write. The lists seem to grow longer instead of shorter. One act that you
really want to accomplish leads to others that had not been anticipated. It
can, if we let it, lead us to feeling exhausted and sometimes even resentful.
Instead of recognizing that each little act of Christmas preparation can be a
gift to be opened, it is easy, at least for me, to go the ‘humbug’ route.

 And then along comes December 21st, the longest night of the
year, Winter Solstice and we have the opportunity to stop and be fully present
to the darkness. It is a celebration that calls us inward. At the peak of Advent, as we have been preparing for
the Light of the world, for the celebration of the birth of the Christ Child,
we get to experience the year's longest stretch of darkness. I believe it is a gift to
be savored for what it might offer us as Peter Mayer’s words imply. Who knows
what gift the darkness has to offer us?Who knows what our small act of light might bring?

 This year Winter Solstice falls on the first day of
Hanukkah. As one of our son’s friends said to me the other night:”Isn’t it
really cool that the first night of the Festival of Lights falls on the darkest
night of the year?” Yes, it is cool. As my Jewish friends tell the story of the
lamp that had only enough oil for one day but continued to burn for eight days
as they rededicated the Temple, they will celebrate the miracle of light in the
darkness. They will “gather friends and cast their hopes” for a world that
embraces the light that shines, miraculously, in the darkest of places. Three
days later Christians will gather and light candles as we sing “Silent Night”
praying that “peace hides in the storm”, declaring that “the people who have
walked in darkness have seen a great light.”

As humans it is our lot to live with both darkness and
light. Their rhythm is planted in the fabric of all Creation and we are born to wrestle with both. When the early
church placed the celebration of the birth of Jesus on December 25th it was
with the full knowledge of its proximity to the longest night of the year. And
so in these days, we will experience the ‘perfect storm’ of darkness. Our role
in this unfolding drama is to light our candle and to be witness to the

 Have a blessed weekend….stay warm………..

Christmas Tree

"O Christmas Tree, O Christmas Tree, You stand in verdant beauty! Your boughs are green in summer's glow, And do not fade in winter's snow. O Christmas Tree, O Christmas Tree, You stand in verdant beauty!"

This old German carol has been running through my head over the last days. We put up our Christmas tree over the weekend and we have declared it the most beautiful tree we've had in many years. It is such a wonderful tradition, bringing this 'ever-greenness' into the center of the house. As I look out the window this morning, the subzero temperatures are having their way with the roads, the windows of neighbor's houses, the breath of those who have ventured out. But inside, a green tree stands as an ancient symbol that winter will not overtake us.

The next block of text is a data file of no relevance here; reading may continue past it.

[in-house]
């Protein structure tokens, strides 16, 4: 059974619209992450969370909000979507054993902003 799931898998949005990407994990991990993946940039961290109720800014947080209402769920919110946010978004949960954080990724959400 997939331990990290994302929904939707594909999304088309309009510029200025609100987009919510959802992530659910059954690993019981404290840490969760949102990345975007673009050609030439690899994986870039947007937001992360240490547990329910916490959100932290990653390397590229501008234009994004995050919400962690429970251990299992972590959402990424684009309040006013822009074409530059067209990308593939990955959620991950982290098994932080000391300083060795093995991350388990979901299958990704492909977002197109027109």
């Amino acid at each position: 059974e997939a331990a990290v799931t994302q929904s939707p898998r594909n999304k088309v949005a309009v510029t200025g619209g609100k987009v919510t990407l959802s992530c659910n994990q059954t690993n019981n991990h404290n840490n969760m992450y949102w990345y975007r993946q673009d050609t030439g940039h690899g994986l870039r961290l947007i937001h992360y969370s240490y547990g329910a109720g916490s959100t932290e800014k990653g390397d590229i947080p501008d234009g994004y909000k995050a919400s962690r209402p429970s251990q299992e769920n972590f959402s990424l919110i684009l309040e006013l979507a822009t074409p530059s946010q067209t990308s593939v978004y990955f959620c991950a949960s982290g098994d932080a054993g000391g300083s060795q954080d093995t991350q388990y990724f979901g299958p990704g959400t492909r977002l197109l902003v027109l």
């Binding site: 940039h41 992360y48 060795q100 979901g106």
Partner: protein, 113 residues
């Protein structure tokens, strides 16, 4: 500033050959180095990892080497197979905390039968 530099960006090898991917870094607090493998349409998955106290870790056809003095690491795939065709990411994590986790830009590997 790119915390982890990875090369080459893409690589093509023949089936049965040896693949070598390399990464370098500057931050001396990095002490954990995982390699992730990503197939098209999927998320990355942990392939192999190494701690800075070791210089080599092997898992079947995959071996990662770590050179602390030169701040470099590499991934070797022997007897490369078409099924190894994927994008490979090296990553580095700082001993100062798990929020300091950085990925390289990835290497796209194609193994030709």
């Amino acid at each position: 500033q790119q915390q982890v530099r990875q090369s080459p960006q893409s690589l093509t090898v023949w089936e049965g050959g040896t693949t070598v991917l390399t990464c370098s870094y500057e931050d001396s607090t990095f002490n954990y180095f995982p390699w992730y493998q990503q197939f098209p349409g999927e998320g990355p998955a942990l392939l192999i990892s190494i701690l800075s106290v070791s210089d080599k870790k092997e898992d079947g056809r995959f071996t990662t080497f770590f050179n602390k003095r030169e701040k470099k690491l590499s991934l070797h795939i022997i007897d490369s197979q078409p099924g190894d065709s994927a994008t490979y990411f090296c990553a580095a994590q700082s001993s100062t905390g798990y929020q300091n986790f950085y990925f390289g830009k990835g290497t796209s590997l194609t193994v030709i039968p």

The tradition of bringing an evergreen tree into homes predates the Christian celebration of Christmas by hundred of years. It was a way for the ancients to be reminded that the dark days of winter would not reign forever but spring and rebirth would dawn again. It is the symbol of the presence of life in the death-like sleep of winter. Here in Minnesota where temperatures have been deadly these last few days it is a good reminder. After what have become increasingly long and arduous commutes, to be able to walk into your home and turn on the lights of the evergreen Christmas Tree, is nothing short of miraculous. Sitting beside the tree, adorned with the ornaments that have been collected over the years, grounds me in something deeper than the annoyance of winter driving. This act connects me with the countless people over time who have brought the simple beauty of Creation inside to nurture them through the darkest days of the year.

Here in the northern hemisphere we are living in the darkest days of the year as we approach the Winter Solstice this weekend. I watched this morning as the young children on our block, bundled up against the elements, stood like little colorful sticks waiting the arrival of their bus. Their usual playing was halted by the freezing temperatures making them statues. They waited in the dark and many will come home in the dark.

But, hopefully, for those who celebrate Christmas, they will open the door and begin the process of removing the layers of protective down and thinsulate. Their wet boots will be abandoned by the door, as all good Minnesota children know to do, and someone may hand them a warm cup of steaming cocoa. They will walk in to where the evergreen tree sits. Like generations of children before them they will sit down and let the scent of evergreen-life lull them into warmth while the lights make sparkling flecks in their young eyes. 

These are the acts that get us through the darkness and the frigid days. They are healing acts that continue to bless us through time. So, go ahead and indulge yourself in the simplicity of it all. It has worked for hundreds of years and will hopefully continue for many centuries to come.